Dominican player involved in identity fraud flap, rewarded with 65 times greater signing bonus


A strange tale from the pages of Baseball America.  The basics:

  • Dominican prospect Juan Carlos Paniagua signs a deal with the Diamondbacks for $17,000. The deal is conditional while a background check takes place;
  • After pitching for the Dbacks developmental team for a spell under the conditional arrangement, the contract is rejected by Major League Baseball and Paniaqua is suspended because of fraudulent paperwork regarding his age and identity;
  • While he’s in paperwork/suspension limbo, Paniaqua fills out and adds 5-6 m.p.h. to his fastball;
  • Because of the voided deal, he becomes a free agent after his paperwork is cleared up, the Yankees sign him for $1.1 million.

Click through and read the story to see how this all came about. From where I’m sitting, the Diamondbacks kind of got boned by virtue of there being no mechanism by which they could retain the rights to a guy they may very well have wanted to keep once the paperwork was sorted out.  After all, it was Major League Baseball — and not the Dbacks — who decided that Paniaqua was a free agent.  And that worked to the Yankees’ benefit. As if they needed the benefit.

A new rule has been proposed to deal with this that gives the club in the Dbacks’ position a right of first refusal if it happens again.  Of course, that won’t help Arizona cope any better if and when Paniaqua becomes a stud for the Yankees.

Henderson Alvarez signs with Tigres de Quintana Roo

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Free agent right-hander Henderson Alvarez signed a deal with the Tigres de Quintana Roo of the Mexican Baseball League earlier this week, FanRag Sports’ Jon Heyman reported Friday. The righty wasn’t necessarily too fringey a player to hack it in the big leagues, but there were no MLB takers in attendance during his showcase in Venezuela last month and he clearly felt it best to try his luck elsewhere.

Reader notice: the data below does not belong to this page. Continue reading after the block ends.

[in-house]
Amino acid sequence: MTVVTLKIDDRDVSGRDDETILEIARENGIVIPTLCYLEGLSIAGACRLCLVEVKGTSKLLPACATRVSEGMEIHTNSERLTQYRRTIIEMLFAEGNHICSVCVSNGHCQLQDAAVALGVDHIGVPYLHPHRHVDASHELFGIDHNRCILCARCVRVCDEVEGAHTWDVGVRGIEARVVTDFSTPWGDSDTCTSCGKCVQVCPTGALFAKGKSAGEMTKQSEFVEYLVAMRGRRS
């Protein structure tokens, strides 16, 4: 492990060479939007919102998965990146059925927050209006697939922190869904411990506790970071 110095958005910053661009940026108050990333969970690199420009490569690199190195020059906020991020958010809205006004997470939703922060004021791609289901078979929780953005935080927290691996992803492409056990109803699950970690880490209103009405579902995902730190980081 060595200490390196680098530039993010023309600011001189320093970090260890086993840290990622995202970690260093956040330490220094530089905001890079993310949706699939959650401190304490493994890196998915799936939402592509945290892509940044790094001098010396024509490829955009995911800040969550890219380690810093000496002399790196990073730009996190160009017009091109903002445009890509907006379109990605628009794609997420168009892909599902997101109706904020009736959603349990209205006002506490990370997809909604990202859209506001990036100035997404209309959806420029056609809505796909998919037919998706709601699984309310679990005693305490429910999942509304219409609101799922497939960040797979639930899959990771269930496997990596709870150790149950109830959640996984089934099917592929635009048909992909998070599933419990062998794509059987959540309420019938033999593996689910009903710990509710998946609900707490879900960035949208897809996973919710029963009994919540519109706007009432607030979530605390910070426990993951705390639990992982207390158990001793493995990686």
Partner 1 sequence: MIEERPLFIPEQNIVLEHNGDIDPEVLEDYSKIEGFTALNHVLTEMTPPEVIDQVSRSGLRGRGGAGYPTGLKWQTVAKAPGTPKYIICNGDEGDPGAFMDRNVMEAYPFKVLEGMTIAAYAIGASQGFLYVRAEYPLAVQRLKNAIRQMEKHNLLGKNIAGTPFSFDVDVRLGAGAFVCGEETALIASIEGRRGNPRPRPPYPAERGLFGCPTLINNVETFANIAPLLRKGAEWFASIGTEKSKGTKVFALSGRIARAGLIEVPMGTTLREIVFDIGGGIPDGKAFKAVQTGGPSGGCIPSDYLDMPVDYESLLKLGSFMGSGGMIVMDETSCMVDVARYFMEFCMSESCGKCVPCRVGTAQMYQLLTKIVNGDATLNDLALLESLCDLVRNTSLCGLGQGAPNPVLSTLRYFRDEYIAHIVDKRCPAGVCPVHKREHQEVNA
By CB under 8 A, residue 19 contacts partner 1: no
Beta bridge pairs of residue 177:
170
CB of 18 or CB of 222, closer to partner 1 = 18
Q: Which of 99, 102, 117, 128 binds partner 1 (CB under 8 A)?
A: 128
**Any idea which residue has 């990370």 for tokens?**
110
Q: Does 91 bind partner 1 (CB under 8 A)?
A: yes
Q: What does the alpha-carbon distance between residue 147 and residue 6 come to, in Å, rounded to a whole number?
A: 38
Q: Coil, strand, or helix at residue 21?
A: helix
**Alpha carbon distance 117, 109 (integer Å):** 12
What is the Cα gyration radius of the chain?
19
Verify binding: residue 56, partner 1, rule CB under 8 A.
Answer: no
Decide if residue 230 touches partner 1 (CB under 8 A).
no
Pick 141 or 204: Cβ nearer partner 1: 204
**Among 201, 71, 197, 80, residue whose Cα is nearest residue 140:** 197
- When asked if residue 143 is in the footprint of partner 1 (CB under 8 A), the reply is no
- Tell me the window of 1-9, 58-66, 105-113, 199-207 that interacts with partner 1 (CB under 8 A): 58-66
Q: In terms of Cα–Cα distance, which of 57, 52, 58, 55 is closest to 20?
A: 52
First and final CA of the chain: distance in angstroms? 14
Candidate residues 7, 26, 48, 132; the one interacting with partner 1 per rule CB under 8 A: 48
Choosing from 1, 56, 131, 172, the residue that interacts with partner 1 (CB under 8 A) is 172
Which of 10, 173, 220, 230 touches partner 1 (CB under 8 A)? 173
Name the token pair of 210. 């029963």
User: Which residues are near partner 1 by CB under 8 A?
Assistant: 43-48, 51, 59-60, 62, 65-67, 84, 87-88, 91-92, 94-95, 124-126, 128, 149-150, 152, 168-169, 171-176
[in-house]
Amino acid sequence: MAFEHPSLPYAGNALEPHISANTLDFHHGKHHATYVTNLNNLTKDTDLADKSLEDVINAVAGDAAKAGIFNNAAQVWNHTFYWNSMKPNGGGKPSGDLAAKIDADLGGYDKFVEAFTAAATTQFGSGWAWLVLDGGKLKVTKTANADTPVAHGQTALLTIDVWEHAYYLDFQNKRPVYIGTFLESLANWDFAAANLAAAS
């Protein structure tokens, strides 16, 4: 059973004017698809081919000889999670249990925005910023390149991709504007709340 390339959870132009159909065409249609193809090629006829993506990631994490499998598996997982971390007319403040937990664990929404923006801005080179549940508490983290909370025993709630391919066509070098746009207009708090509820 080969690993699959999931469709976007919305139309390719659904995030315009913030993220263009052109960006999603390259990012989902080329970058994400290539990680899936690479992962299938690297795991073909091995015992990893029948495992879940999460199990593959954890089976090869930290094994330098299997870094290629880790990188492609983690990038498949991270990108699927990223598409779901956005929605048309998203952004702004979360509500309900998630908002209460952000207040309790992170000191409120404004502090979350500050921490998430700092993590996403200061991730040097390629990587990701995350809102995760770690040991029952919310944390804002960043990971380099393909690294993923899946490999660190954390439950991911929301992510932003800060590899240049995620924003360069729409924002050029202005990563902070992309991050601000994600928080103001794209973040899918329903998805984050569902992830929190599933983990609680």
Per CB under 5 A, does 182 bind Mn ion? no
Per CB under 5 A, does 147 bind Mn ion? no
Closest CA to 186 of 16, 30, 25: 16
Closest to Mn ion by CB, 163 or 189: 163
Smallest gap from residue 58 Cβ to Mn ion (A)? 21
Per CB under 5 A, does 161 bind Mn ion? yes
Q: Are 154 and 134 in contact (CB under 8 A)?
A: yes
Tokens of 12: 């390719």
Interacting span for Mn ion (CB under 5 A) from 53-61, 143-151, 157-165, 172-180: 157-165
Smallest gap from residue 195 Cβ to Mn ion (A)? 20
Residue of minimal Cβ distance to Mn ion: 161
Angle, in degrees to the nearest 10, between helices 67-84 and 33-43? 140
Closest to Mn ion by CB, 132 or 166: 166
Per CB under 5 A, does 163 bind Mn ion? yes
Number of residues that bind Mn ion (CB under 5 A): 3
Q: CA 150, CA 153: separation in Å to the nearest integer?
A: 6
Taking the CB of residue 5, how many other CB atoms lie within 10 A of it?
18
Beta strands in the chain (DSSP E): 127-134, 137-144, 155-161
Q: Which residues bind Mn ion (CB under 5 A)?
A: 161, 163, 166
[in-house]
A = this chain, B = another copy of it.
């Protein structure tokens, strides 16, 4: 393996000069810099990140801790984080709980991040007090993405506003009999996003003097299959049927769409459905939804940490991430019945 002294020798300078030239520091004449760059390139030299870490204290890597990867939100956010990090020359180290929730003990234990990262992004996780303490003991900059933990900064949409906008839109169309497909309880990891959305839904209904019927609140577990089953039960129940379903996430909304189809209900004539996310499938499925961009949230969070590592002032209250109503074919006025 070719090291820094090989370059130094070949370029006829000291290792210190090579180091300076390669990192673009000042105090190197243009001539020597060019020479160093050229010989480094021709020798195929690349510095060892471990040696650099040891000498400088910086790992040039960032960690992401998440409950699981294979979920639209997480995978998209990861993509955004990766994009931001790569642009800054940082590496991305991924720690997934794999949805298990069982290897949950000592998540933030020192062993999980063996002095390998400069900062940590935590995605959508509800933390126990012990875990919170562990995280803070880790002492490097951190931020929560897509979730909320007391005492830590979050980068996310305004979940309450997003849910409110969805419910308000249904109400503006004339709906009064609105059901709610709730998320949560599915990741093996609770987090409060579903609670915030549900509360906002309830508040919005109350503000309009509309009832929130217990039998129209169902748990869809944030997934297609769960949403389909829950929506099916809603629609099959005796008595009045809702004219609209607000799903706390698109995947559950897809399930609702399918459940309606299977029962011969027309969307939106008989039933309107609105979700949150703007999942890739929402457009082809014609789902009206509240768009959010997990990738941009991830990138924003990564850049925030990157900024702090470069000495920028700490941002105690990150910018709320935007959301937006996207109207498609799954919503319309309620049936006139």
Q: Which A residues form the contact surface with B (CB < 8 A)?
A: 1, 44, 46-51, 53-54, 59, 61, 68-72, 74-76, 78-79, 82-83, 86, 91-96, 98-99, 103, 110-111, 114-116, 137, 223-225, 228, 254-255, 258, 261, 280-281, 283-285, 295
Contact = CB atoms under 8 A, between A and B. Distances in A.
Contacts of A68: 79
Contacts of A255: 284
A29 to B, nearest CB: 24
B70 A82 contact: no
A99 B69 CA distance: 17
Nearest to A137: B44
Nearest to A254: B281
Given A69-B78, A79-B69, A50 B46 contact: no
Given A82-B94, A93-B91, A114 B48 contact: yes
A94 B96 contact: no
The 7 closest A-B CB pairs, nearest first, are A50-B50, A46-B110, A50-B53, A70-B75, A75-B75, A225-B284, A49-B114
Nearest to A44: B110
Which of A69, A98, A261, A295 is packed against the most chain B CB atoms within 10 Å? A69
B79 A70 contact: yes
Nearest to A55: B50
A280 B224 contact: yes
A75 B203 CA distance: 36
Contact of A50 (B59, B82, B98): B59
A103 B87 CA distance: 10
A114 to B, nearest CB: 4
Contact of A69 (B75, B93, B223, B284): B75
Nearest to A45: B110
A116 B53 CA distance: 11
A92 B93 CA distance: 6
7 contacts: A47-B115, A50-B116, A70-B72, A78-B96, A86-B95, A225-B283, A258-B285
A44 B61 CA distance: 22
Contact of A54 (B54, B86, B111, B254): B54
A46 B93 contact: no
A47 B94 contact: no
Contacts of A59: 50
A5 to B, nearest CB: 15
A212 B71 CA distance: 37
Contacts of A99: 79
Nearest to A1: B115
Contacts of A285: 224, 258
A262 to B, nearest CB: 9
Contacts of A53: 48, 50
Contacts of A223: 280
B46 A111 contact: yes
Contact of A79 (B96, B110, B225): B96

The 27-year-old’s last major league gig came with the Phillies, for whom he delivered a 4.30 ERA, 6.8 BB/9 and 3.7 SO/9 over 14 2/3 innings in 2017. While he’s not too far removed from his first and only All-Star bid in 2014, he was besieged by shoulder issues in 2015 and 2016 and underwent season-ending surgeries as a result.

That added injury risk, coupled with the fact that he hasn’t pitched more than 22 innings in a single season since 2014, may have been too much for major league teams to take on this spring. Assuming he steers clear of further injuries, however, a return to the majors may not be entirely out of the question in years to come.